I first became aware of The New York Society Library back in 1964 when I was appearing on Broadway in Jean Kerr's comedy Mary, Mary. The actor who had the dressing room next to mine—Ward Costello—used to come back between matinee and evening performances with his arms full of books. Art books, histories, biographies, mystery novels. When I asked him where he'd gotten them he answered, "The New York Society Library on East 79th Street. Best damn library in the city—you gotta go there!"
So I did. And I was dazzled by everything about the place—the elegant, serene Members' Room, the twelve floors of stacks, the card catalogues bursting with all sorts of rare titles dating back to the 18th century. I learned that Willa Cather had been a member, that Barbara Tuchman did much of her research there, that other celebrated writers, such as Shirley Hazzard, were big supporters of the Library.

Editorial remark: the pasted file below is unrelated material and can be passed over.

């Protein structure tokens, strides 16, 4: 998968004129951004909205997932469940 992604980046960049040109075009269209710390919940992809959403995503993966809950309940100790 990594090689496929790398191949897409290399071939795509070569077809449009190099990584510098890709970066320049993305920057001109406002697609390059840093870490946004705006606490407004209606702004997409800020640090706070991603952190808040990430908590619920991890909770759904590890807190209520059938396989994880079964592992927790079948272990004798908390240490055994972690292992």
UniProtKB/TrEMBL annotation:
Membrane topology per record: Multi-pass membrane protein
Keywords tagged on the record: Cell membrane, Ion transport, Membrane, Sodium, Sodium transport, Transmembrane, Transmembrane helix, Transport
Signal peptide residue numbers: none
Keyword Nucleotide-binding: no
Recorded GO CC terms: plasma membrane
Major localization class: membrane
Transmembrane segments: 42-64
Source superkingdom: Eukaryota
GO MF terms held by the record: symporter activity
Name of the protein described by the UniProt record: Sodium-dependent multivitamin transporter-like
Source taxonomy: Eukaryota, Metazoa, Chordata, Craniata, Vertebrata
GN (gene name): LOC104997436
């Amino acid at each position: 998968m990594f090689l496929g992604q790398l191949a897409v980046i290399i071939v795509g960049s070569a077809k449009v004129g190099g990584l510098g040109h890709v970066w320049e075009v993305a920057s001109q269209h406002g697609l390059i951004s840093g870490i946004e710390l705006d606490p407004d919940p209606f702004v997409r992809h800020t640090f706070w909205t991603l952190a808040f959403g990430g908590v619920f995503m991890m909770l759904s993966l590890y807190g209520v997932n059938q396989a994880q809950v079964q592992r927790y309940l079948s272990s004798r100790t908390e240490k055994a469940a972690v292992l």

Needless to say, I became a member of the Library and from then on, I was there a lot. After I became a journalist, I started reserving one of the individual study rooms to write some of my first articles. Later, when I began writing biographies, I would often scribble part of a chapter in the silence of the Stack 12 alcove, with its great old table under the eaves.
Thirty years later, I'm still a member of the Society Library. I've researched all my books there, as well as the scores of articles I've done for Vanity Fair. The Library always has what I'm looking for. In our tumultuous, surreal culture, the Library is a repository of riches, opinions, thoughts, imaginations, and styles. The New York Society Library must be protected and cherished forever; it is a truly unique place.